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How to Live Blog an Event

Posted By Darren Rowse 7th of September 2008 Reader Questions 0 Comments

The subject of live blogging has come up for me three times in the last 24 hours so I thought it might make a good reader discussions.

How would you go about live blogging at a conference?”

That was the question I was just asked – how would you do it? What tools would you use? What strategies would you use to get content online?

PS: as I was about to hit publish on this question an article on this very topic appeared in my RSS feed on Web Worker Daily – Preparing to Live Blog an Event. It’s got some good tips – but what would you add?

About Darren Rowse
Darren Rowse is the founder and editor of ProBlogger Blog Tips and Digital Photography School. Learn more about him here and connect with him on Twitter, Facebook and LinkedIn.
  1. I think a “live” event is a good opportunity to get people to check out Twitter or Plurk. So I’ll post something at my blog like this:

    “This weekend I’ll be at [name of conference], and I’ll be live-tweeting all weekend. Most of my updates from the conference will be happening throughout the day at Twitter, with the occasional lengthier post here. Make sure you’re following me on Twitter for live updates from [name of conference]!”

    Usually gets people checking both Twitter and your blog for a couple days straight.

  2. I am looking forward to seeing thoughts on this. I have a few conferences coming up where I will be doing this. I plan to share key ideas from sessions, share the mood and conversation topics of attendees, and share what I think is cool and exciting. I may add live Twittering to it as well!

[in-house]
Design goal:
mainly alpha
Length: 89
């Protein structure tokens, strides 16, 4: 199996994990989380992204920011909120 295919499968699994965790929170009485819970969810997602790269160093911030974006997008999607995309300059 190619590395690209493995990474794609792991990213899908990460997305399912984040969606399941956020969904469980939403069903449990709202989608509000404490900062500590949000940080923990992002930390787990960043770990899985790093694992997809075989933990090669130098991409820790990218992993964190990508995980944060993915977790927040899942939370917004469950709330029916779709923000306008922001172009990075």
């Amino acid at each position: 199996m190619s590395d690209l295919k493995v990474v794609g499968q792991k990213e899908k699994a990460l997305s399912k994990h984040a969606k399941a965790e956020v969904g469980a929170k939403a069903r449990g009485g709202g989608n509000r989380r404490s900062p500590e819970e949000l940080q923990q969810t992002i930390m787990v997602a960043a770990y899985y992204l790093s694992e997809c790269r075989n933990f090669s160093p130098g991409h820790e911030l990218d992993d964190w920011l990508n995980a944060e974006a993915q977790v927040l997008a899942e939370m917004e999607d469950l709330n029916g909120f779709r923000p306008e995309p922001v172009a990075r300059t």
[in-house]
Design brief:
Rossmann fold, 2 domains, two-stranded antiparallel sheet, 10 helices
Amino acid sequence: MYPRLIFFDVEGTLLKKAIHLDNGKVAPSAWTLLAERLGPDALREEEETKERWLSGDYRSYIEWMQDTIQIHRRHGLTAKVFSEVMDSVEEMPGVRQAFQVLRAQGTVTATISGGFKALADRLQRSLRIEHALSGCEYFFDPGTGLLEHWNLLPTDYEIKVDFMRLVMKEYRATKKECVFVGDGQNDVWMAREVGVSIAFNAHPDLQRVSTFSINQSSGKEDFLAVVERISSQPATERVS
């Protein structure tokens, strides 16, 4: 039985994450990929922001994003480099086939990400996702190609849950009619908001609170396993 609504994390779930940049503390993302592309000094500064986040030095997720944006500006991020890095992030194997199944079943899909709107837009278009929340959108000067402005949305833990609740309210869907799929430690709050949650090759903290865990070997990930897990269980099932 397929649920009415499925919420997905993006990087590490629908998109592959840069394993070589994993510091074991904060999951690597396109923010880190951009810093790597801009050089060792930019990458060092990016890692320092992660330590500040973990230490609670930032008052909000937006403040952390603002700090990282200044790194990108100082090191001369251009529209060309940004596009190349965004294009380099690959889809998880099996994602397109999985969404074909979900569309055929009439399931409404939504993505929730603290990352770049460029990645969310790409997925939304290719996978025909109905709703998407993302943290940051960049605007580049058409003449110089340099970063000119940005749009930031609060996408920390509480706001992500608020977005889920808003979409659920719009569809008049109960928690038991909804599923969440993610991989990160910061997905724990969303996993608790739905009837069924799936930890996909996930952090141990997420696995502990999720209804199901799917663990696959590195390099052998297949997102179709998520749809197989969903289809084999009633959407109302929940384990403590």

3. I have live blogged couple of times..

    The gear i take with me –
    The apple macbook
    A camera – Either video or digital

    Live blogging by writing every stuff that happens there is not very much possible, so i record the things that are talked there with a video camera and then iMovie application helps me edit and create perfect videos in my mac. That is what i do during the break time in the conference and i get time to upload the video during that time gap.

    Also ustream and twitter are 2 different platforms where i live blog small parts of any event.

    *** And coveritlive.com is a great resource helpful in liveblogging with media added, to any blogging platform. I never used it but people say it’s cool.


  4. Becky you touched on one of my first thoughts.. MOOD. The other blog covered tools and equipment pretty well. Me – I’d cover the mood and try to capture the feel for those reading that can’t attend.

    I guess it would take several blogs to cover an event so you would need all the tools… video being very important along with good microphone for interviews.

    I think it would be cool if you could set up appoint for interview with the keynote speakers ahead of time to go along with your session notes.

    Heck sell some autogaphed books of keynote speakers :)

  5. I just hosted my FIRST live blog last night during Stand Up 2 Cancer. I used CoverItLive and that worked great — plus it keeps a replay on your site so people can check it out after the fact.

    The advice I would give? Take advantage of their ‘pre-load’ function and pre-load images, links and polls to post in the live blog with one click — so while you’re at the conference, you can mention what is happening and provide your readers with links to pertinent sites and/or photos of the speakers/presenters, that kind of thing.

  6. I was in touch with someone who did something like this. He went out with a fully loaded laptop and Wi-Fi card and just updated his journal the way he would from home or a coffee bar. Except for the occasional losses of signal (which slowed him down, but didn’t last too long) it went pretty well.

  7. I would like to add, don’t hurry your posts even when the post is time sensitive like this may be. Typically, many bloggers try to be the first to report what has happened at a conference (or any type of news for that manner). Instead, don’t be the first, but be the best. Take your time, re-read your post. Then hit submit when YOU are ready.

  8. Blogging live is huge. People love that stuff.

  9. This is a great topic. I think it’s easy for those of us that are newer to blogging to be stuck on the idea of ‘a post a day’ blogging. So to be introduced to a form that is much more dynamic is very exciting. I don’t have an opinion because I’ve never done it but I look forward to learning more about it.